Upgrade a petition: If you naturalize (become an American citizen) you may ask the INS to change the petitions you filed for family members when you were a lawful permanent resident (LPR) from one category to another. This is called upgrading. For example, a petition for a spouse will be changed/upgraded from F2 to IR1. That is, the petition changes from a preference category with numerical limits to an immediate relative category without numerical limits. The applicant no longer has to wait for her/his priority date to be reached.
Upgrading a petition sometimes has consequences. A preference petition for a spouse permits derivative status for children. An immediate relative petition does not. You, the petitioner, would need to file separate petitions for each of your children.
  Visa: A permit for a person to apply to enter the United States. A person applies for a visa in the consular section of an American embassy or consulate abroad. Most citizens of foreign countries need visas to enter the United States. Under U.S. law the Department of State has responsibility for issuing visas, and most visas are issued at one of the Department of State embassies and consulates abroad. A consular officer decides whether you are qualified for a visa. A visa doesn't authorize entry to the U.S., however. A visa simply indicates that your application has been reviewed by a U.S. consular officer at an American embassy or consulate, and that the officer determined you're eligible to travel to the port-of-entry for a specific purpose. At the port-of-entry and admission to the U.S., an immigration officer decides whether to allow you to enter. The immigration officer tells you how long you can stay for any particular visit, and records this on the Arrival/Departure Record, I-94 (white card), as a date or D/S, (duration of status). Only the Department of Homeland Security, U.S. immigration officer has the authority to permit you to enter the United States.
  Visa Expiration Date: The visa expiration date is shown on the visa. Depending on the alien's nationality, visas can be issued for any number of entries, from as little as one entry to as many as multiple (unlimited) entries, for the same purpose of travel. This generally means the visa is valid, or can be used from the date it is issued until the date it expires, for travel for the same purpose, when the visa is issued for multiple entry. This time period from the visa issuance date to visa expiration date as shown on the visa, is called visa validity. If you travel frequently as a tourist for example, with a multiple entry visa, you do not have to apply for a new visa each time you want to travel to the U.S. As an example of travel for the same purpose, if you have a visitor visa, it cannot be used to enter at a later time to study in the U.S. The visa validity is the length of time you are permitted to travel to a port-of-entry in the United States to request permission of the U.S. immigration inspector to permit you to enter the U.S. The visa does not guarantee entry to the U.S. The Expiration Date for the visa should not be confused with the authorized length of your stay in the U.S., given to you by the U.S. immigration inspector at port-of-entry, on the Arrival-Departure Record, Form I-94, or I-94W for the Visa Waiver Program. The visa expiration date has nothing to do with the authorized length of your stay in the U.S. for any given visit.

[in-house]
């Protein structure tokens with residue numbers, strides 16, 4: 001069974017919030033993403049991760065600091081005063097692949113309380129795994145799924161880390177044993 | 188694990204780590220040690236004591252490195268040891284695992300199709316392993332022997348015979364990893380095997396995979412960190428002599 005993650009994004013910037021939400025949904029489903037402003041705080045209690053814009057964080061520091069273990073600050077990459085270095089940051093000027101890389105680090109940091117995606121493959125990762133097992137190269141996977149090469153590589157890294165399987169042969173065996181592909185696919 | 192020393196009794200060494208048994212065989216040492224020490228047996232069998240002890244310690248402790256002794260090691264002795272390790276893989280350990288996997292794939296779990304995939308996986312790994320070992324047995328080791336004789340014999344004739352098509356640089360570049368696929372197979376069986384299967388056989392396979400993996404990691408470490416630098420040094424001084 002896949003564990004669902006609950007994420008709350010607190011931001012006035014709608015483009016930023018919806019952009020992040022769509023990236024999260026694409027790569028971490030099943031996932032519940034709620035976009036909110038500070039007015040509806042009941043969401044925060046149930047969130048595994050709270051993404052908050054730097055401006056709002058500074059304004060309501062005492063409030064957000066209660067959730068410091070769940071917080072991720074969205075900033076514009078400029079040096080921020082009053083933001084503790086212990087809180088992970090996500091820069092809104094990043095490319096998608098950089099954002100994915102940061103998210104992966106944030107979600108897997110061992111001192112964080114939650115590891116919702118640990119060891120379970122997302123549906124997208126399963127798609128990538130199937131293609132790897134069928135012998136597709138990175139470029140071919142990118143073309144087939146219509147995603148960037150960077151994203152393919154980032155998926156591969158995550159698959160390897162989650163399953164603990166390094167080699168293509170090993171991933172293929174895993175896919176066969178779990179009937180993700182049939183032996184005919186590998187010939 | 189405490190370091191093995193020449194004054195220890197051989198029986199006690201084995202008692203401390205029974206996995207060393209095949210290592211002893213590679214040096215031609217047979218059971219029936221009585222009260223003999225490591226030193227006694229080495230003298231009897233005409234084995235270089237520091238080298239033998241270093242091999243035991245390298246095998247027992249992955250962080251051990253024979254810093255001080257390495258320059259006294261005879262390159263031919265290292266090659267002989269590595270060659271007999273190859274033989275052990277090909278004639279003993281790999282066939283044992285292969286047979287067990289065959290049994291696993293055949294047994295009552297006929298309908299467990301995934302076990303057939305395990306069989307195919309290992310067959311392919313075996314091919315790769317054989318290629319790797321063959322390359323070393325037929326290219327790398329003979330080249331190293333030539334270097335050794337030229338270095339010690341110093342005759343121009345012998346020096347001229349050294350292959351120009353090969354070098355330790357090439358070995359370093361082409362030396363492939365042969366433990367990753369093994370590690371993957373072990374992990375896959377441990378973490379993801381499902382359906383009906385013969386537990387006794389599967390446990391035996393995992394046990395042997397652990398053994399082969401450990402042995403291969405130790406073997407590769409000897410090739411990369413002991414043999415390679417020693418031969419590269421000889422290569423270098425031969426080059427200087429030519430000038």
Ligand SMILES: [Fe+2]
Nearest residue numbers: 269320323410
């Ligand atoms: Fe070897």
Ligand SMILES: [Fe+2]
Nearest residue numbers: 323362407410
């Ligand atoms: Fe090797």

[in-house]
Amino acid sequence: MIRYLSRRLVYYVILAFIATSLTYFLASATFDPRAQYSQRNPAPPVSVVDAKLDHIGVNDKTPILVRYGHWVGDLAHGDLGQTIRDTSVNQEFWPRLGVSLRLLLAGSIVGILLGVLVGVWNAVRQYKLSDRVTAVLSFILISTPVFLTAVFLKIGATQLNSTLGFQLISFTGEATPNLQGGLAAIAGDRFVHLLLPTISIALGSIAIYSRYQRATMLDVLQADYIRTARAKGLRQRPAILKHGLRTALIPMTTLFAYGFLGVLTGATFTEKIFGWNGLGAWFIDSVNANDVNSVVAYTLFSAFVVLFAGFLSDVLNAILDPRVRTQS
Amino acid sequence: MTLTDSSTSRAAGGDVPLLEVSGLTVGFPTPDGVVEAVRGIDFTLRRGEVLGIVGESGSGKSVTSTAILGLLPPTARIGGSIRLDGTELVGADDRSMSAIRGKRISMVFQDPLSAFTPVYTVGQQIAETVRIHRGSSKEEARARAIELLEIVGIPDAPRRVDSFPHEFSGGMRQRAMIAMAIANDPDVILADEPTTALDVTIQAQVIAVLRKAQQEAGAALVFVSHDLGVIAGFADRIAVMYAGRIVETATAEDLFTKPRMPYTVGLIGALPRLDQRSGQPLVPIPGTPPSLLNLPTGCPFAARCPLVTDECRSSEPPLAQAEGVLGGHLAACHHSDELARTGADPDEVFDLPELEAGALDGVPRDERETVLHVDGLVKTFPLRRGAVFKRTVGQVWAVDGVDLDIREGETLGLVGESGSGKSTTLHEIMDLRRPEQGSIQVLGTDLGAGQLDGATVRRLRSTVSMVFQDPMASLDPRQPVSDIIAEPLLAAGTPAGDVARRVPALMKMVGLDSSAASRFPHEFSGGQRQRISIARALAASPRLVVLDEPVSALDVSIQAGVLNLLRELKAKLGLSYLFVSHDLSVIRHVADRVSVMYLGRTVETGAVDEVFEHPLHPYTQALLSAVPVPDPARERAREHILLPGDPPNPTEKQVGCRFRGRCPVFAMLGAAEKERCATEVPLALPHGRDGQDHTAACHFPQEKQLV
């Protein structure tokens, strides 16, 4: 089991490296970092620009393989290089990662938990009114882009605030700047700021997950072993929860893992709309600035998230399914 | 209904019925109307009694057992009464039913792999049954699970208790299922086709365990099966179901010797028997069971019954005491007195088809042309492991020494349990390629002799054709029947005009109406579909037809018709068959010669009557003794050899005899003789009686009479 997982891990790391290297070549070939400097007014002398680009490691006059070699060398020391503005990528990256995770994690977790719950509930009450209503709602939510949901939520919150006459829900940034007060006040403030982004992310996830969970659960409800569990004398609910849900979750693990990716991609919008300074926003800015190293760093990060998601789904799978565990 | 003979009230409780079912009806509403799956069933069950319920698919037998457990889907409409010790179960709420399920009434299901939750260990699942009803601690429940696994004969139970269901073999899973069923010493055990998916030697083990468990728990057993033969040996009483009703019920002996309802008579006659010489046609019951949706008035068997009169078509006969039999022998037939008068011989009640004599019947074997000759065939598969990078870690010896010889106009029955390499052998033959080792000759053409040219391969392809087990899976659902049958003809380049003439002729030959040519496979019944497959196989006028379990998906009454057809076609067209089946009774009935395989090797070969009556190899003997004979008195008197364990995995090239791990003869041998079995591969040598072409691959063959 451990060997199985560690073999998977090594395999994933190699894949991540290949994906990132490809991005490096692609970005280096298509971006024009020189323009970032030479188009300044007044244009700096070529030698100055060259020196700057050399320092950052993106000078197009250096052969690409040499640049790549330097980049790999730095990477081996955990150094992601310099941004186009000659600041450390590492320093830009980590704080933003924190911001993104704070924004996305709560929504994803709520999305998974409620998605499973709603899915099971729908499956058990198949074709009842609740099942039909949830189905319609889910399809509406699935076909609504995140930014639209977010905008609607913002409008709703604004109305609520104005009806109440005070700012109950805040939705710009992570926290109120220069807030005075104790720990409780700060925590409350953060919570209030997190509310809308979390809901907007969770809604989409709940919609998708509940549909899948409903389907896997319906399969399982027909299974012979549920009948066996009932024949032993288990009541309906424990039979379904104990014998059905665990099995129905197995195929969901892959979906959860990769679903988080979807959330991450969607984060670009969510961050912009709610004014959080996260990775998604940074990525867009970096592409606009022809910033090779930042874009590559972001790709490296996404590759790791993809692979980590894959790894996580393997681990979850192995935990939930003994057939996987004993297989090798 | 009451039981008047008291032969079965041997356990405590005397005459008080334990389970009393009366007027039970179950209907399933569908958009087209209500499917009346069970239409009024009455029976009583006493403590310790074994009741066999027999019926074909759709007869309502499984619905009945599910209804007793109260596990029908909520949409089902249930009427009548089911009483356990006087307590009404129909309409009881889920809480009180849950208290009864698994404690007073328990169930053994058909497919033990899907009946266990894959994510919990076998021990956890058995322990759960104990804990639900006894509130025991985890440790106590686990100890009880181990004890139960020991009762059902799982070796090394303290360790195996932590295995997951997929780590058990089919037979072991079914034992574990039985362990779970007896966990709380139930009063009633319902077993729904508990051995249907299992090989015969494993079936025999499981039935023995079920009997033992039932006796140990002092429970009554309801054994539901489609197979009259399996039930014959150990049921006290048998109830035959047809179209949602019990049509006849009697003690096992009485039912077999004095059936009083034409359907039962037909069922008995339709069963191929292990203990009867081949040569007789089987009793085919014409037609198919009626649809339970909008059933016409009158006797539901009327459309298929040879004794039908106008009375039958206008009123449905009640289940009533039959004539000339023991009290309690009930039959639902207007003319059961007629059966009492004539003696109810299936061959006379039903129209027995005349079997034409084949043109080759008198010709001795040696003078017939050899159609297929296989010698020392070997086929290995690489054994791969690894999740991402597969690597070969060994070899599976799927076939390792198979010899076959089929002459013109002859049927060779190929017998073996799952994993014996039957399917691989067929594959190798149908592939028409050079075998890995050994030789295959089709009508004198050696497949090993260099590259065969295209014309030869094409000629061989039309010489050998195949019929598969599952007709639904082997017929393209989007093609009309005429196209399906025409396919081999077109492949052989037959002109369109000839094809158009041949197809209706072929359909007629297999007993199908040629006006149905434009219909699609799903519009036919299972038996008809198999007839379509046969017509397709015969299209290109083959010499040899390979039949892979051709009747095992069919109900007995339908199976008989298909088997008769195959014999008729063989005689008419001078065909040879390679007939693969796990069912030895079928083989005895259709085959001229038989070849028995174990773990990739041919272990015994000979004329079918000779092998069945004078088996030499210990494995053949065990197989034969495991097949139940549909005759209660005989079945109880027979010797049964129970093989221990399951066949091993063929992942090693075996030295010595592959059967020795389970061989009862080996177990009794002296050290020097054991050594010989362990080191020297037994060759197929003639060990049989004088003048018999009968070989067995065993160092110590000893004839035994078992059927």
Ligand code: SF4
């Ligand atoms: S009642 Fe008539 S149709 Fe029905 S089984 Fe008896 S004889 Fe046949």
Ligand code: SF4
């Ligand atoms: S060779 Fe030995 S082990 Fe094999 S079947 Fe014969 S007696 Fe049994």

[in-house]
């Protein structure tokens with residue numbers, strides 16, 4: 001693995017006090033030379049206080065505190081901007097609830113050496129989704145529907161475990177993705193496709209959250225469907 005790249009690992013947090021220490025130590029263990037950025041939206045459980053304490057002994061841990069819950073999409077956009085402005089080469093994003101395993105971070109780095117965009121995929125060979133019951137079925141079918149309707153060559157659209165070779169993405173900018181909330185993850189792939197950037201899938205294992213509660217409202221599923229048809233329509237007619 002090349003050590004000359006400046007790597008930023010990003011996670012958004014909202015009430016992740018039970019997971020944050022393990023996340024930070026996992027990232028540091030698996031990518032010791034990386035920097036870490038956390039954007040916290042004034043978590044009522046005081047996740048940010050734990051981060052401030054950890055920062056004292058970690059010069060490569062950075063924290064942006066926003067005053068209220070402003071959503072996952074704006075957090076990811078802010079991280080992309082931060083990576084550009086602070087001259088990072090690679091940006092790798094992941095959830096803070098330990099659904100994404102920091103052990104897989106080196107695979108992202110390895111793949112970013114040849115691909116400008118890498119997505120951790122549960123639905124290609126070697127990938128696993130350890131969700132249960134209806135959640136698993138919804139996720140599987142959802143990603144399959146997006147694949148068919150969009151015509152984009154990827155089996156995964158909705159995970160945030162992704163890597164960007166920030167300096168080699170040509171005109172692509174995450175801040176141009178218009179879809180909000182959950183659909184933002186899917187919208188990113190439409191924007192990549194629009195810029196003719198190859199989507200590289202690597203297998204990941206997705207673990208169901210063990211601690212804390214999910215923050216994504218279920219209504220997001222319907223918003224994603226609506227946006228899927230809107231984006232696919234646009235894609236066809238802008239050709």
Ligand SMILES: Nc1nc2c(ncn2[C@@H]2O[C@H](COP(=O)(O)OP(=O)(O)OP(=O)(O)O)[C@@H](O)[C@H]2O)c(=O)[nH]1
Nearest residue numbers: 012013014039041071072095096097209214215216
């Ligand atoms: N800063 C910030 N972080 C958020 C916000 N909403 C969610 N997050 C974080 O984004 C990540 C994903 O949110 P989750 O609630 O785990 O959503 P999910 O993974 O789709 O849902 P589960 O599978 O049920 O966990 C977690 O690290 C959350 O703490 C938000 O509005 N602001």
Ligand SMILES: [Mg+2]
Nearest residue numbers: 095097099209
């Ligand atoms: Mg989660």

There are circumstances which can serve to void or cancel the period of time your visa is valid. If you overstay the end date of your authorized stay, as provided by the Department of Homeland Security's U.S. immigration officer at port of entry, or Bureau of Citizenship and Immigration Services (USCIS), then this action on your part generally will automatically void or cancel your visa. However, if you have filed an application in a timely manner for extension of stay or a change of status, and that application is pending and not frivolous, and if you did not engage in unauthorized employment, then this normally does not automatically cancel your visa. If you have applied for adjustment of status to become a permanent resident alien ("green card" holder), you should contact USCIS regarding obtaining Advance Parole before leaving the U.S.